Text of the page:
Triage is the sorting and categorizing of patients based on clinical severity to maximize the results for the most number of patients when there are limited resources available. It is a tried and true method that is used in multiple scenarios in multiple practice environments throughout the world. Most are familiar with the process of triage upon initial arrival of patients to a medical facility or upon arrival to the scene when there are multiple casualties. Triage in these situations involves using the START method or similar clinically based tool tailored to the individual practice environment such as emergency departments and refined during training events as discussed in separate articles. Triage, however, does not stop after the first iteration. It must be continually used and reevaluated during any transition of care or when resources or situations change.
When patients arrive at a treatment area, they undergo triage as discussed above. What this article will cover is the process of triage prior to moving patients out from one area of care to another. This is done to prioritize which patients are to be moved first and determines by what means they are transported based on available resources, acuity of the patients, and treatments or monitoring needed in route; hence the term "evacuation triage."
Just as patients undergo triage when entering a medical treatment area, triage of patients is necessary before transferring them to other treatment areas or different facilities. The same principles necessitating triage upon arrival drive essential components of evacuation triage. When the needs outstrip resources, triage must be utilized to maximize the results for the number of patients. There are unique characteristics for evacuation triage that separate it from its counterpart though that must be discussed and well understood prior to implementation.
The first key difference is to understand that providers are not triaging patients to prioritize treatments. Instead, they are triaging to prioritize evacuation. It is essential to recognize that the patients are already in a treatment area and receiving medical care at this point. The reasons that would necessitate evacuation include being transferred to receive definitive care, go to a higher level of care with further resources or sub-specialization, or to clear space at the forward treatment area to make room for new patients coming in.
The other significant difference is in recognizing into what categories to triage patients. Evacuation triage does not follow the medical triage designations such as 1-5 of the Emergency Severity Index or the color-coded Red Yellow Green Black methodology of (Jump) START.These emphasize how quickly patients need to be seen, reexamined, or have an intervention. Instead, patients are sorted into categories designating prioritized timelines for evacuation. The US military and NATO partners have been utilizing this method for several decades with great success. There are variations on the theme, and updates to the tools have occurred over the years, but it essentially boils down to “how quickly do we need to move this patient from their current location to the next?”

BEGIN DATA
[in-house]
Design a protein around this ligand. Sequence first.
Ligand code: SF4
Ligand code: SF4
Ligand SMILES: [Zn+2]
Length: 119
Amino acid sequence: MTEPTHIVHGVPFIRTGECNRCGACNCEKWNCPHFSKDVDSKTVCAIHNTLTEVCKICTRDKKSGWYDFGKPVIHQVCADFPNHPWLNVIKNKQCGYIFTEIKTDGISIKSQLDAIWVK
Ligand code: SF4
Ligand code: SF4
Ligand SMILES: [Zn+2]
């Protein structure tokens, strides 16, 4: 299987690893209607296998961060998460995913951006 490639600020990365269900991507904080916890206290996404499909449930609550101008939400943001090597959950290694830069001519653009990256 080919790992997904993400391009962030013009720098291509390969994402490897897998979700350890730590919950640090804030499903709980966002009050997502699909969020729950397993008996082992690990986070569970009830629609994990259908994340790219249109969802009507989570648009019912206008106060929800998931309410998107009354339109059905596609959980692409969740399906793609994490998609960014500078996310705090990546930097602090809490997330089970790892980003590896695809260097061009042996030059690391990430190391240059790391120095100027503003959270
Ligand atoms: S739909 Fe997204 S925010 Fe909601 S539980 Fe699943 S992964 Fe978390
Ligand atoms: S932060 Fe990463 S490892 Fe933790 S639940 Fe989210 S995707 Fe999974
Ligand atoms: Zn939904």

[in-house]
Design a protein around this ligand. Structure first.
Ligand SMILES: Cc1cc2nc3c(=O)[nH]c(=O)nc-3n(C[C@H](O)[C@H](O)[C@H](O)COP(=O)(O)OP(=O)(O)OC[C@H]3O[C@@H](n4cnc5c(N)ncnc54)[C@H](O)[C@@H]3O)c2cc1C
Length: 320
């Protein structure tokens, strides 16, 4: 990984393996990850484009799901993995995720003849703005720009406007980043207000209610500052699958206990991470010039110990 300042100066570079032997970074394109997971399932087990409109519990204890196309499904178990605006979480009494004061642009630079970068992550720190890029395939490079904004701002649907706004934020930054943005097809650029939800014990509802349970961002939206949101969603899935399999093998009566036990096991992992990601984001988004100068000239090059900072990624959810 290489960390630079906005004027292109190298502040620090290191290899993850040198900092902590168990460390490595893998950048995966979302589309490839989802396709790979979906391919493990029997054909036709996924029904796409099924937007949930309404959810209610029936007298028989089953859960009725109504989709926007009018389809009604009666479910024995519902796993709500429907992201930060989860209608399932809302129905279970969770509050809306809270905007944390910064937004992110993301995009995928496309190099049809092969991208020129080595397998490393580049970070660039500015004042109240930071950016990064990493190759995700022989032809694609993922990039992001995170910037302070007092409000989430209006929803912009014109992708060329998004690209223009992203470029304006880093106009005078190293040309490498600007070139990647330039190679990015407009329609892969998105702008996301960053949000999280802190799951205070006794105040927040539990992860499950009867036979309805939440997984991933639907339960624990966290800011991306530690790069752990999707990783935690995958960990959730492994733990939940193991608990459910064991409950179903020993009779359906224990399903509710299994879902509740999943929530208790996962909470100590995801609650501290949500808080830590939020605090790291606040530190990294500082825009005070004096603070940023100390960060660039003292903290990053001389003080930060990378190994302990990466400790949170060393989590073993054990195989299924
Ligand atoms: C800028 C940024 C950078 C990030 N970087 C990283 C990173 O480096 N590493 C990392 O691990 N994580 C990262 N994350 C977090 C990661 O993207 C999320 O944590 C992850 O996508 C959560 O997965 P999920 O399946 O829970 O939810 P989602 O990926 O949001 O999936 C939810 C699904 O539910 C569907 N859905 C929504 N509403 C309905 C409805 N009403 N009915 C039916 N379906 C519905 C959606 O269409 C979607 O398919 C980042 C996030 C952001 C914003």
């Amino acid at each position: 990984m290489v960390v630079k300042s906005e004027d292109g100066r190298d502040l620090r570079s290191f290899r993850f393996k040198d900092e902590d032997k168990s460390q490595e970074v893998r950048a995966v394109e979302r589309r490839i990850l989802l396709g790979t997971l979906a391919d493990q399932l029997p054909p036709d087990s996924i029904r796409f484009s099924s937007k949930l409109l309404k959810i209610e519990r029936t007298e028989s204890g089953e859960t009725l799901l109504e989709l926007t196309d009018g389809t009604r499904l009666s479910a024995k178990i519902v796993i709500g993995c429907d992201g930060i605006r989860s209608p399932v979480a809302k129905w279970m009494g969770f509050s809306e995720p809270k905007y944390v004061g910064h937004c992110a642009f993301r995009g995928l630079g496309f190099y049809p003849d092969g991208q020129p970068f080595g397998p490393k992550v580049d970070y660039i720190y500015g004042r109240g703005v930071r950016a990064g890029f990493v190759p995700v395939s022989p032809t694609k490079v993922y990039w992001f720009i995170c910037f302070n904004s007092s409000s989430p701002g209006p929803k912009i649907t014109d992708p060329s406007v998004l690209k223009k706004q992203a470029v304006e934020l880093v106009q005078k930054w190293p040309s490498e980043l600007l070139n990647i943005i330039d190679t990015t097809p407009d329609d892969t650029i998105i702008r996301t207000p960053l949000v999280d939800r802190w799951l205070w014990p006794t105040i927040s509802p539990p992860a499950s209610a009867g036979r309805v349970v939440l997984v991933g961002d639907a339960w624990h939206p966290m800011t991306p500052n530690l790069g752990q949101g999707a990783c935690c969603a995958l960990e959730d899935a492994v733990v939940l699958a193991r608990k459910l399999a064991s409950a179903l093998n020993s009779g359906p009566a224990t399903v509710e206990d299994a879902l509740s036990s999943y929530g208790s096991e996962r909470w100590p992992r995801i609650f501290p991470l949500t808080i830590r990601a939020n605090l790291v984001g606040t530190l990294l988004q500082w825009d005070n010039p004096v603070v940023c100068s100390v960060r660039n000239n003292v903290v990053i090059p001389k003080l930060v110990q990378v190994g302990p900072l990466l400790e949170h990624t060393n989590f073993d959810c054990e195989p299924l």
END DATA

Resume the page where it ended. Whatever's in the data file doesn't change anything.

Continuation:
The 9 Line Medevac of the military is the report and request for resources used once it is determined there is a need to evacuate patients. It has several essential pieces of information that we will discuss further but which merit consideration in all evacuation cases. Other pieces of information are not applicable to most civilian situations but raise the point that there are often other factors in even the most routine evacuation that should be accounted for prior to execution.
The first portion of evacuation triage is to recognize how many patients there will be to move and by what means they will need transport. Can the patients walk and move on their own? Are they on a backboard? Are they bed bound? These questions help determine what type of vehicle they will fit into and if personnel is needed to help move them.
The next step in evacuation triage is recognizing how quickly each patient needs removal from the current treatment area. Patients may be sick, but as long as they are receiving care at the current level, they may be stable enough to hold off evacuation while other patients who are not able to be maintained in the current treatment area obtain transport.
Next, there needs to be synchronization regarding which patient will require removal. What resources will are necessary in route? Will patients require ventilators? Will they require medicine pumps? Will there be special equipment required to move or extricate the patient?
Understanding of all resources available is essential to this portion of evacuation triage. There may be medical evacuation assets including ambulances and helicopters that are available for normal use in evacuation plans. These assets should be well known and hopefully rehearsed in their employment by those who will be utilizing them to manage evacuations. In a triage scenario, these resources are likely overwhelmed or insufficient to handle the volume of patients that need evacuation during a specific period.